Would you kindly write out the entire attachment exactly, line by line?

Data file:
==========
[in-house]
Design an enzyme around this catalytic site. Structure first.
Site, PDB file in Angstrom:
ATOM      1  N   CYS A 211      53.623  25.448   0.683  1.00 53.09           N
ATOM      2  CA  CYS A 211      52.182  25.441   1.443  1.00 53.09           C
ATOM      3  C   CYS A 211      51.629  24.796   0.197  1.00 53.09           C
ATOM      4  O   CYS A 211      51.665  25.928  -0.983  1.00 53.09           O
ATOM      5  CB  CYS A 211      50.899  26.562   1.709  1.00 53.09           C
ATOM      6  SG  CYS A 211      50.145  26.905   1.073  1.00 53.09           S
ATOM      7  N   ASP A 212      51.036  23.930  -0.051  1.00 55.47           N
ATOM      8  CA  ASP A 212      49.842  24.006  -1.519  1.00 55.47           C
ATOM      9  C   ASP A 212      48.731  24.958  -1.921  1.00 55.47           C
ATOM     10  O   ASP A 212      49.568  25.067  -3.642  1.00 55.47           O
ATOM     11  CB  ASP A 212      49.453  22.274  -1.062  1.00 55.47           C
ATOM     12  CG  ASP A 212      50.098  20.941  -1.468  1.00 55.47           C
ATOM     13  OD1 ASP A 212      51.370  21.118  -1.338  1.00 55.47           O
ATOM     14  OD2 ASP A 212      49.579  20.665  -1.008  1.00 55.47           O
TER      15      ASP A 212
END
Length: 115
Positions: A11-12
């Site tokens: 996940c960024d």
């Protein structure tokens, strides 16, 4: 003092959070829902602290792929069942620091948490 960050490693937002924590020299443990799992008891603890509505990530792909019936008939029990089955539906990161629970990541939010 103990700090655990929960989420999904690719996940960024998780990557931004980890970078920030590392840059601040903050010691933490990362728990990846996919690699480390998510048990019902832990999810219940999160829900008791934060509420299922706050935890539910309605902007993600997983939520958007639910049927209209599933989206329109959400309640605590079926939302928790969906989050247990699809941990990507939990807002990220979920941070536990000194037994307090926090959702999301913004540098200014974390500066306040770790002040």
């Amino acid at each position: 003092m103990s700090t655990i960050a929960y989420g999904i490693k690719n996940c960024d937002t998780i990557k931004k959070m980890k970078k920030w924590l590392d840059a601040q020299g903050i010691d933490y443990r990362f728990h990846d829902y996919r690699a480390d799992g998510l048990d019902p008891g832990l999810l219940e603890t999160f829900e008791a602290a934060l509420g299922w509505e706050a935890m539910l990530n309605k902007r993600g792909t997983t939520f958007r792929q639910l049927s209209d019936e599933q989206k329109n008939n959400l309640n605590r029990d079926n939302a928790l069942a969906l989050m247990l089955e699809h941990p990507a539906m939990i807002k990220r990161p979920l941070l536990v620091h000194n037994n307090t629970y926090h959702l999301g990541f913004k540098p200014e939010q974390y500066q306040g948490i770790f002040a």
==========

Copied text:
[in-house]
Design an enzyme around this catalytic site. Structure first.
Site, PDB file in Angstrom:
ATOM      1  N   CYS A 211      53.623  25.448   0.683  1.00 53.09           N
ATOM      2  CA  CYS A 211      52.182  25.441   1.443  1.00 53.09           C
ATOM      3  C   CYS A 211      51.629  24.796   0.197  1.00 53.09           C
ATOM      4  O   CYS A 211      51.665  25.928  -0.983  1.00 53.09           O
ATOM      5  CB  CYS A 211      50.899  26.562   1.709  1.00 53.09           C
ATOM      6  SG  CYS A 211      50.145  26.905   1.073  1.00 53.09           S
ATOM      7  N   ASP A 212      51.036  23.930  -0.051  1.00 55.47           N
ATOM      8  CA  ASP A 212      49.842  24.006  -1.519  1.00 55.47           C
ATOM      9  C   ASP A 212      48.731  24.958  -1.921  1.00 55.47           C
ATOM     10  O   ASP A 212      49.568  25.067  -3.642  1.00 55.47           O
ATOM     11  CB  ASP A 212      49.453  22.274  -1.062  1.00 55.47           C
ATOM     12  CG  ASP A 212      50.098  20.941  -1.468  1.00 55.47           C
ATOM     13  OD1 ASP A 212      51.370  21.118  -1.338  1.00 55.47           O
ATOM     14  OD2 ASP A 212      49.579  20.665  -1.008  1.00 55.47           O
TER      15      ASP A 212
END
Length: 115
Positions: A11-12
């Site tokens: 996940c960024d």
């Protein structure tokens, strides 16, 4: 003092959070829902602290792929069942620091948490 960050490693937002924590020299443990799992008891603890509505990530792909019936008939029990089955539906990161629970990541939010 103990700090655990929960989420999904690719996940960024998780990557931004980890970078920030590392840059601040903050010691933490990362728990990846996919690699480390998510048990019902832990999810219940999160829900008791934060509420299922706050935890539910309605902007993600997983939520958007639910049927209209599933989206329109959400309640605590079926939302928790969906989050247990699809941990990507939990807002990220979920941070536990000194037994307090926090959702999301913004540098200014974390500066306040770790002040």
């Amino acid at each position: 003092m103990s700090t655990i960050a929960y989420g999904i490693k690719n996940c960024d937002t998780i990557k931004k959070m980890k970078k920030w924590l590392d840059a601040q020299g903050i010691d933490y443990r990362f728990h990846d829902y996919r690699a480390d799992g998510l048990d019902p008891g832990l999810l219940e603890t999160f829900e008791a602290a934060l509420g299922w509505e706050a935890m539910l990530n309605k902007r993600g792909t997983t939520f958007r792929q639910l049927s209209d019936e599933q989206k329109n008939n959400l309640n605590r029990d079926n939302a928790l069942a969906l989050m247990l089955e699809h941990p990507a539906m939990i807002k990220r990161p979920l941070l536990v620091h000194n037994n307090t629970y926090h959702l999301g990541f913004k540098p200014e939010q974390y500066q306040g948490i770790f002040a």